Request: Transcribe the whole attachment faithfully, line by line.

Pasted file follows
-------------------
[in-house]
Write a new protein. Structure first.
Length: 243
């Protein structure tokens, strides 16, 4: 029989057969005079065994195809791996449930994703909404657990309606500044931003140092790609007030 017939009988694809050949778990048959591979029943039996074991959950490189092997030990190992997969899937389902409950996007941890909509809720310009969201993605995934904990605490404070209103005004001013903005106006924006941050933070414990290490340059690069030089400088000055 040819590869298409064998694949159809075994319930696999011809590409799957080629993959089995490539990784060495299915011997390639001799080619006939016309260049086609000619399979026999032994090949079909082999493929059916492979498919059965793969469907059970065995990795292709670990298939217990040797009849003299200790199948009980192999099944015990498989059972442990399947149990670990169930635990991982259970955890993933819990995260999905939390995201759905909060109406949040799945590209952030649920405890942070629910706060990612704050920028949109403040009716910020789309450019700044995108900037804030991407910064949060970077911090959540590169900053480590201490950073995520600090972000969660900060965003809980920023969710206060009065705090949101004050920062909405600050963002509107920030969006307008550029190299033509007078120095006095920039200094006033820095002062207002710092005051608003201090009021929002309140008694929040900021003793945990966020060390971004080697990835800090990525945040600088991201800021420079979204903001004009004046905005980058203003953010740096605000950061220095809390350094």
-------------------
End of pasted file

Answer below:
[in-house]
Write a new protein. Structure first.
Length: 243
């Protein structure tokens, strides 16, 4: 029989057969005079065994195809791996449930994703909404657990309606500044931003140092790609007030 017939009988694809050949778990048959591979029943039996074991959950490189092997030990190992997969899937389902409950996007941890909509809720310009969201993605995934904990605490404070209103005004001013903005106006924006941050933070414990290490340059690069030089400088000055 040819590869298409064998694949159809075994319930696999011809590409799957080629993959089995490539990784060495299915011997390639001799080619006939016309260049086609000619399979026999032994090949079909082999493929059916492979498919059965793969469907059970065995990795292709670990298939217990040797009849003299200790199948009980192999099944015990498989059972442990399947149990670990169930635990991982259970955890993933819990995260999905939390995201759905909060109406949040799945590209952030649920405890942070629910706060990612704050920028949109403040009716910020789309450019700044995108900037804030991407910064949060970077911090959540590169900053480590201490950073995520600090972000969660900060965003809980920023969710206060009065705090949101004050920062909405600050963002509107920030969006307008550029190299033509007078120095006095920039200094006033820095002062207002710092005051608003201090009021929002309140008694929040900021003793945990966020060390971004080697990835800090990525945040600088991201800021420079979204903001004009004046905005980058203003953010740096605000950061220095809390350094």